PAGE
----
the community Pavilion.


Original site plan.

Rainwater store

Build cost: The build cost was

15 million, excluding land costs. This
figure includes significant research
and development spend due to
BedZED being a prototype. More
recent schemes, such as BioRegional
Quintain & Crest Nicholsons One
Brighton, are within the acceptable
cost range for inner city apartments.
Market purchase/rent cost: 5-20%
above local averages for similar
sized properties. Running costs:
anecdotally around 50% less on
utility bills.

Source: Global Footprint Network - The Ecological Wealth of Nations 2010


Mix of apartments,
maisonettes and

BedZED homes are kept at

comfortable temperatures using
simple passive architectural
techniques such as solar gain, high
levels of insulation and excellent
standards of air tightness.
South facing homes are fronted
with conservatories to capture
warmth from the sun. The
remaining heat comes from
occupants (their bodies and
appliances) and a top-up system
using a small fin radiator when
Super insulation (with 300mm of
Rockwool) and thermally massive
construction materials store the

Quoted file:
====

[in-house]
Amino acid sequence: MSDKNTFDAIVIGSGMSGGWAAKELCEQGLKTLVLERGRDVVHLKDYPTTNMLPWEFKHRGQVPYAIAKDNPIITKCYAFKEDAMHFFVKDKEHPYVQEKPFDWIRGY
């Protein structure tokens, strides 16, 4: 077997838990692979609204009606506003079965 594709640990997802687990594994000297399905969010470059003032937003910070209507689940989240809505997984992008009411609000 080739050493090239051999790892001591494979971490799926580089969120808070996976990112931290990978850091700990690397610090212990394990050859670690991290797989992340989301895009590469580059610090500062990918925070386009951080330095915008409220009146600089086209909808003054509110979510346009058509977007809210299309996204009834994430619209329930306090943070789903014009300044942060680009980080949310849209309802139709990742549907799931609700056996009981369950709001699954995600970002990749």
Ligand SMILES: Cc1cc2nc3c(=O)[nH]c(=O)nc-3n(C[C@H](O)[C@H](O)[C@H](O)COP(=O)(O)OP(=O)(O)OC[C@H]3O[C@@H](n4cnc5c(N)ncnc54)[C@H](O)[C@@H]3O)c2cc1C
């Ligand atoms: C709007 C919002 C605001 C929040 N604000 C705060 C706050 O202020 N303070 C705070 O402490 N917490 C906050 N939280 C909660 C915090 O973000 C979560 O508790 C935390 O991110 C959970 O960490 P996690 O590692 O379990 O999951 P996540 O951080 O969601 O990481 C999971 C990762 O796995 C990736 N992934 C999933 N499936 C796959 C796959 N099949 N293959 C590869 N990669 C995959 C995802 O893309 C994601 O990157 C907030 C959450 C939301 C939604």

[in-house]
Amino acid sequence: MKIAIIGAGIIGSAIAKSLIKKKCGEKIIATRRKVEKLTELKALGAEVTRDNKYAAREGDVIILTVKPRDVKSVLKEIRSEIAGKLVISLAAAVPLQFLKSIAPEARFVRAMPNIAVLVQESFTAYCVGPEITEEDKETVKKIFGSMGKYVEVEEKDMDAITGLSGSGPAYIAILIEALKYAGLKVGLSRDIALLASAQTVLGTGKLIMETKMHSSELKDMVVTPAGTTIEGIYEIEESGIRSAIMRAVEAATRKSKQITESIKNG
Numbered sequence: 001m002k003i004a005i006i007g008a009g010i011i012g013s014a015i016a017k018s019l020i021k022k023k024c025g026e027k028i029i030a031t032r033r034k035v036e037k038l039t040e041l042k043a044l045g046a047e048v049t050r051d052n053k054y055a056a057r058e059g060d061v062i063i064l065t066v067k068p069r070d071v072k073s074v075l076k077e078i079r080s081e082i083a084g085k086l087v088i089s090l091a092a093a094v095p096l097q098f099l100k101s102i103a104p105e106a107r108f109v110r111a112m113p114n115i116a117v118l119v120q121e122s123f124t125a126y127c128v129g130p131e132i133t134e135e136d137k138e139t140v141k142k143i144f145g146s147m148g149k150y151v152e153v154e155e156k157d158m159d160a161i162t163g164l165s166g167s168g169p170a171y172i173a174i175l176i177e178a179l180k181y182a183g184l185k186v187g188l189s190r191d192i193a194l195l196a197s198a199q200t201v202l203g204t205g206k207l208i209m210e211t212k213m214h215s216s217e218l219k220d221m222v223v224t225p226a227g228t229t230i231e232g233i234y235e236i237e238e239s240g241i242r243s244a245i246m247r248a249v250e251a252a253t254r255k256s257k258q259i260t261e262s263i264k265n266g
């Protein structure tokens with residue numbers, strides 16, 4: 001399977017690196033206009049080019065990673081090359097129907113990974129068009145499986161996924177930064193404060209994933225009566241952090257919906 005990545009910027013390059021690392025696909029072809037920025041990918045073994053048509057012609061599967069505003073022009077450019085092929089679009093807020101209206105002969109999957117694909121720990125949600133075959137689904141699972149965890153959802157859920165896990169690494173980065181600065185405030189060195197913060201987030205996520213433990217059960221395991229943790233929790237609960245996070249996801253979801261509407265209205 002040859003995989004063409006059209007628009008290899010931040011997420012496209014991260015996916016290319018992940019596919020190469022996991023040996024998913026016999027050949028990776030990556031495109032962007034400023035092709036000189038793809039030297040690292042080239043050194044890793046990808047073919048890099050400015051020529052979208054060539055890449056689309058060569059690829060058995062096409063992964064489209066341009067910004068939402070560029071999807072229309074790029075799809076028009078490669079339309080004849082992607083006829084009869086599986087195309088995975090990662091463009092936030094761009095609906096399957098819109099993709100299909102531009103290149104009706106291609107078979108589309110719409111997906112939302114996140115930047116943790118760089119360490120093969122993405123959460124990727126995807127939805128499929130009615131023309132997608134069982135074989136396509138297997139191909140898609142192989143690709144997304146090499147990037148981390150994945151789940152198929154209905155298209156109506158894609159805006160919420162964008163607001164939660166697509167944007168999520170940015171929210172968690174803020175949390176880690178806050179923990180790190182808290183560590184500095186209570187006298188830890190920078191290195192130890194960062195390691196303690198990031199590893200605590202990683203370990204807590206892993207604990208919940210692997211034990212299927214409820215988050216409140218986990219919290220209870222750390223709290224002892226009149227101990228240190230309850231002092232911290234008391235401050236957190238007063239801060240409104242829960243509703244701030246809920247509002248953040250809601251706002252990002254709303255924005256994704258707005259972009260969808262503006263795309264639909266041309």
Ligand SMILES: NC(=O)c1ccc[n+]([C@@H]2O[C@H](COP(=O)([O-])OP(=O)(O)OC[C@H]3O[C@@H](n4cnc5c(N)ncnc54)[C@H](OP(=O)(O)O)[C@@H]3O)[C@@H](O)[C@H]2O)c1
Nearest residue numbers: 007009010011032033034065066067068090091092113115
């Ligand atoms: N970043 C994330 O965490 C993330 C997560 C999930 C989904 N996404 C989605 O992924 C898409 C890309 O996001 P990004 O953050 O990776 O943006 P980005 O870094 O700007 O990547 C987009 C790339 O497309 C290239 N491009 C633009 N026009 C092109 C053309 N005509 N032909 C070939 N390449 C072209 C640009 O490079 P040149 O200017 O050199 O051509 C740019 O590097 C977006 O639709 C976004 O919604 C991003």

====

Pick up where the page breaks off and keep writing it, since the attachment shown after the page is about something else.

heat to keep the homes consistently
warm in the winter and cool in the
The colourful wind cowls provide
wind powered ventilation with heat
recovery to keep internal air quality
high without losing heat.
Good day lighting and energy
efficient appliances reduce the
electricity demand, and prominent
energy meters in the kitchens have
led to further efficiencies.

Performance in 2007
77% less energy used for
heating and hot water
compared to Sutton average
(per person per day)


Energy efficient

34% less electricity used

compared to Sutton average
(per person per day)
Lessons learned
The low tech passive design has
worked well, although residents
need to understand how their
homes work to get the most
from them. For example, homes